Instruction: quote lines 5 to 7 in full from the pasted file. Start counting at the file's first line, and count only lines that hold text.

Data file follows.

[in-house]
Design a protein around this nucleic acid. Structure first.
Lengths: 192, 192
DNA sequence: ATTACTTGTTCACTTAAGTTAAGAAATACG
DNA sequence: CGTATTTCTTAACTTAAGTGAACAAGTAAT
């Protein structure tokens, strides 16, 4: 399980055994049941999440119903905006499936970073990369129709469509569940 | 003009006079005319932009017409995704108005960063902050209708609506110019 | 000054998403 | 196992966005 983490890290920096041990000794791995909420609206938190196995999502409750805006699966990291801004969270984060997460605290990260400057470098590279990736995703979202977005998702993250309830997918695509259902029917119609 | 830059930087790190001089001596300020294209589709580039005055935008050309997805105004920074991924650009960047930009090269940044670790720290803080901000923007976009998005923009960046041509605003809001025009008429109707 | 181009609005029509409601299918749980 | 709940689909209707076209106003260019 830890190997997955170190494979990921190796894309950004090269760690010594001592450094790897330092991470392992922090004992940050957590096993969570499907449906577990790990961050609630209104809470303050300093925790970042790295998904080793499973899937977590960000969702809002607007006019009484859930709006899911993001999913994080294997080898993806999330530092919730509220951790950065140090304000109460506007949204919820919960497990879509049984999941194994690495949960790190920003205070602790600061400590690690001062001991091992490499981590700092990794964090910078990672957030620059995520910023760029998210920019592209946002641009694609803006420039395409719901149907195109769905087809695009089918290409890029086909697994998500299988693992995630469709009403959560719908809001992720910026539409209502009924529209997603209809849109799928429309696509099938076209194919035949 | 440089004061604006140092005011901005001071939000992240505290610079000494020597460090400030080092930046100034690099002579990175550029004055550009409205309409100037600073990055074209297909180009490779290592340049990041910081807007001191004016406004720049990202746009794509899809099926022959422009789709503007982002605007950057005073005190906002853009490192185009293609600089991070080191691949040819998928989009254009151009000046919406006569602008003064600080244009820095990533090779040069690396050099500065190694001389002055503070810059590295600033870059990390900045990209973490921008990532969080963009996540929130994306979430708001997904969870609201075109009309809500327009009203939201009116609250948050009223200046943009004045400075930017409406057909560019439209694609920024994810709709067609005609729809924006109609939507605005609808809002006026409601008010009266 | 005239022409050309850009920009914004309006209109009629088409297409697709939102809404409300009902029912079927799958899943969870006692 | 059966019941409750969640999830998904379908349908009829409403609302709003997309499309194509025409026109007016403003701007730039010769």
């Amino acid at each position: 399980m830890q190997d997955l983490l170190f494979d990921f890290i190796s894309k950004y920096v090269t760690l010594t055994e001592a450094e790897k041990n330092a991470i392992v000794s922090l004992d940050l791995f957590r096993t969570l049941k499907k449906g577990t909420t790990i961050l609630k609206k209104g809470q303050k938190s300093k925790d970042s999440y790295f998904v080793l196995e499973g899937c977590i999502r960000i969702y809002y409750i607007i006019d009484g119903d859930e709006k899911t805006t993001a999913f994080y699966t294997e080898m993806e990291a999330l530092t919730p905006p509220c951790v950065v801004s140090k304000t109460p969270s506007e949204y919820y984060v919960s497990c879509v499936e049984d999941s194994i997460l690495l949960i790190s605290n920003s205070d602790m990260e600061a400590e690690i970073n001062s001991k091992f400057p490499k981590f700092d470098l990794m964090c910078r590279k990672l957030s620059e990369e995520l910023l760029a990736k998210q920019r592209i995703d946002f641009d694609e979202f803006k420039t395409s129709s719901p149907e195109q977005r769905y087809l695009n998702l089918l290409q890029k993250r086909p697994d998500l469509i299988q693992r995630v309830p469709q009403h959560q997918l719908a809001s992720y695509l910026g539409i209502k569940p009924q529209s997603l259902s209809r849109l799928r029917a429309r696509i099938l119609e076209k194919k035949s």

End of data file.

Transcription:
DNA sequence: CGTATTTCTTAACTTAAGTGAACAAGTAAT
């Protein structure tokens, strides 16, 4: 399980055994049941999440119903905006499936970073990369129709469509569940 | 003009006079005319932009017409995704108005960063902050209708609506110019 | 000054998403 | 196992966005 983490890290920096041990000794791995909420609206938190196995999502409750805006699966990291801004969270984060997460605290990260400057470098590279990736995703979202977005998702993250309830997918695509259902029917119609 | 830059930087790190001089001596300020294209589709580039005055935008050309997805105004920074991924650009960047930009090269940044670790720290803080901000923007976009998005923009960046041509605003809001025009008429109707 | 181009609005029509409601299918749980 | 709940689909209707076209106003260019 830890190997997955170190494979990921190796894309950004090269760690010594001592450094790897330092991470392992922090004992940050957590096993969570499907449906577990790990961050609630209104809470303050300093925790970042790295998904080793499973899937977590960000969702809002607007006019009484859930709006899911993001999913994080294997080898993806999330530092919730509220951790950065140090304000109460506007949204919820919960497990879509049984999941194994690495949960790190920003205070602790600061400590690690001062001991091992490499981590700092990794964090910078990672957030620059995520910023760029998210920019592209946002641009694609803006420039395409719901149907195109769905087809695009089918290409890029086909697994998500299988693992995630469709009403959560719908809001992720910026539409209502009924529209997603209809849109799928429309696509099938076209194919035949 | 440089004061604006140092005011901005001071939000992240505290610079000494020597460090400030080092930046100034690099002579990175550029004055550009409205309409100037600073990055074209297909180009490779290592340049990041910081807007001191004016406004720049990202746009794509899809099926022959422009789709503007982002605007950057005073005190906002853009490192185009293609600089991070080191691949040819998928989009254009151009000046919406006569602008003064600080244009820095990533090779040069690396050099500065190694001389002055503070810059590295600033870059990390900045990209973490921008990532969080963009996540929130994306979430708001997904969870609201075109009309809500327009009203939201009116609250948050009223200046943009004045400075930017409406057909560019439209694609920024994810709709067609005609729809924006109609939507605005609808809002006026409601008010009266 | 005239022409050309850009920009914004309006209109009629088409297409697709939102809404409300009902029912079927799958899943969870006692 | 059966019941409750969640999830998904379908349908009829409403609302709003997309499309194509025409026109007016403003701007730039010769």
């Amino acid at each position: 399980m830890q190997d997955l983490l170190f494979d990921f890290i190796s894309k950004y920096v090269t760690l010594t055994e001592a450094e790897k041990n330092a991470i392992v000794s922090l004992d940050l791995f957590r096993t969570l049941k499907k449906g577990t909420t790990i961050l609630k609206k209104g809470q303050k938190s300093k925790d970042s999440y790295f998904v080793l196995e499973g899937c977590i999502r960000i969702y809002y409750i607007i006019d009484g119903d859930e709006k899911t805006t993001a999913f994080y699966t294997e080898m993806e990291a999330l530092t919730p905006p509220c951790v950065v801004s140090k304000t109460p969270s506007e949204y919820y984060v919960s497990c879509v499936e049984d999941s194994i997460l690495l949960i790190s605290n920003s205070d602790m990260e600061a400590e690690i970073n001062s001991k091992f400057p490499k981590f700092d470098l990794m964090c910078r590279k990672l957030s620059e990369e995520l910023l760029a990736k998210q920019r592209i995703d946002f641009d694609e979202f803006k420039t395409s129709s719901p149907e195109q977005r769905y087809l695009n998702l089918l290409q890029k993250r086909p697994d998500l469509i299988q693992r995630v309830p469709q009403h959560q997918l719908a809001s992720y695509l910026g539409i209502k569940p009924q529209s997603l259902s209809r849109l799928r029917a429309r696509i099938l119609e076209k194919k035949s």